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It is not a surprise that Knoxville would forget a great writer like Karl Wagner. I myself have had over 150 published works in Science Fiction, Fantasy and mainstream fiction. Yet, somehow in the mind of most Knoxvillians, when you mention Science Fiction or Fantasy it conjures up images of either comic books or satanic rituals.What is amazing though, is that one third of television movies in America are Science Fiction, fantasy or Horror. Karl and I both were a part of this phenomena before it became popular. I also knew Karl very well, and spent time talking with on the brutality of the Science Fiction and Fantasy Market, a market that pays very little and starves it's talent. As an artist, I have only my integrity to rely on and hope that in the future, my works will outlive me based on my own since of quality and that comes from many years of learning and technique.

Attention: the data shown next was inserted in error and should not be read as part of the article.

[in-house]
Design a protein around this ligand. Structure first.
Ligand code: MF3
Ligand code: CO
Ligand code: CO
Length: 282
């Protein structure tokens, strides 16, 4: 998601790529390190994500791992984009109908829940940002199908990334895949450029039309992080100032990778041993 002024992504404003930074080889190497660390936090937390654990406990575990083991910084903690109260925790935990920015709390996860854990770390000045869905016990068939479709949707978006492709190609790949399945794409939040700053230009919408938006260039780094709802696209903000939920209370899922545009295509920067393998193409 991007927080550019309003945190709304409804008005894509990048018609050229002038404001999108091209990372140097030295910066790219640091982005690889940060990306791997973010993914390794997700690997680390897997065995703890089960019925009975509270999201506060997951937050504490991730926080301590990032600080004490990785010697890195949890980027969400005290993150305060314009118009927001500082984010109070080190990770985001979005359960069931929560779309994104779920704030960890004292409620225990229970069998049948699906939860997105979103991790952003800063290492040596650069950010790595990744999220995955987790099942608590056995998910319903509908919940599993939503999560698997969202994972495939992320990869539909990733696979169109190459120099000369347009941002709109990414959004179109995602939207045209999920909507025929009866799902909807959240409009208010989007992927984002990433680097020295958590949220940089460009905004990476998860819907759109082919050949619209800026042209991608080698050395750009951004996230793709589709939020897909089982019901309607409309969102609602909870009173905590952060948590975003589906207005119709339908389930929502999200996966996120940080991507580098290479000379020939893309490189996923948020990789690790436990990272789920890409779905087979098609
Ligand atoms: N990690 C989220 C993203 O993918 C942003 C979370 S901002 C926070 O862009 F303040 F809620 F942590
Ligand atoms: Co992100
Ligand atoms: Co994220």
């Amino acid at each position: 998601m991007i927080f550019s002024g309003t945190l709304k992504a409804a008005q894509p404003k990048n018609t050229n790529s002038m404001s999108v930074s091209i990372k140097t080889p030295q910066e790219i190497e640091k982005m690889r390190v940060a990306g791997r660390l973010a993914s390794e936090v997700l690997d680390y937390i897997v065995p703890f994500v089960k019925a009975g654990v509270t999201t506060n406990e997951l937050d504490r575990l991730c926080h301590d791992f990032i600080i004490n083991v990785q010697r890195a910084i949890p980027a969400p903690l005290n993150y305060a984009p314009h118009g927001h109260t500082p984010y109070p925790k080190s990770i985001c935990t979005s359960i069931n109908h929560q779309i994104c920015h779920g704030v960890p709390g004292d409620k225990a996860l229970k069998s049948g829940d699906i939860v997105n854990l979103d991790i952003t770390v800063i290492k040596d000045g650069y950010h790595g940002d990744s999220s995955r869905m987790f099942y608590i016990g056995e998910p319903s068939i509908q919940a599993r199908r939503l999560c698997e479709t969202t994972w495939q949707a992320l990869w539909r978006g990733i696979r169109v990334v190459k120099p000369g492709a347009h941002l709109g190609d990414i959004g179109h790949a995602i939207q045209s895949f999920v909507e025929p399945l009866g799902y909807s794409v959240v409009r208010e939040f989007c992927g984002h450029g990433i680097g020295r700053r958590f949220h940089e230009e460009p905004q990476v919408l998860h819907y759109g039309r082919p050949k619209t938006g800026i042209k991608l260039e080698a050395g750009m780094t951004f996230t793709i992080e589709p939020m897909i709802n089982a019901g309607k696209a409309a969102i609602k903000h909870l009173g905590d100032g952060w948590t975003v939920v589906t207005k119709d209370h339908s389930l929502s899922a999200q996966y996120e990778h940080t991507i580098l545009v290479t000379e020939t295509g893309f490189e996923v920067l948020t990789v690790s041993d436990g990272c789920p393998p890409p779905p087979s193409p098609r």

I had to move away from Knoxville to gain a better understanding of the missing link in this town. And it seems strangely odd to me that being a University Town that Knoxville is not moving in leaps and bounds toward a more gifted art community. It can't. If you are young and fresh out of college the town holds promise, once you reach 40 your lack of charm, interest and viability, become cumbersome for a town always looking for the next fresh face. Move away to a town with people who are mostly your age. Knoxville likes young folk and football. Sure Knoxville has it's famous ones, all huddled about in their little fishbowl, strangely maintaining a youthfull appearance. But there is and was a reason for the really great ones to leave, they had to, otherwise they would die. On a brighter note, I will agree with John Mayer here in that, a true reverence for talent, no matter what age or background is in order here. That is what Knoxville lacks. James Agee who not only won a Pulitzer Prize Posthumous for his writing, but was a brilliant screen writer who revived Charlie Chaplin's career, is barely mentioned are recognized in Knoxville. There are a few markers for Agee, but no big streets like the ones reserved for Governors or sport stars. Agee also wrote the screenplays for The African Queen (1951) and The Night of the Hunter (1955).Guess what, james Agee left knoxville, never to return. Wonder why?
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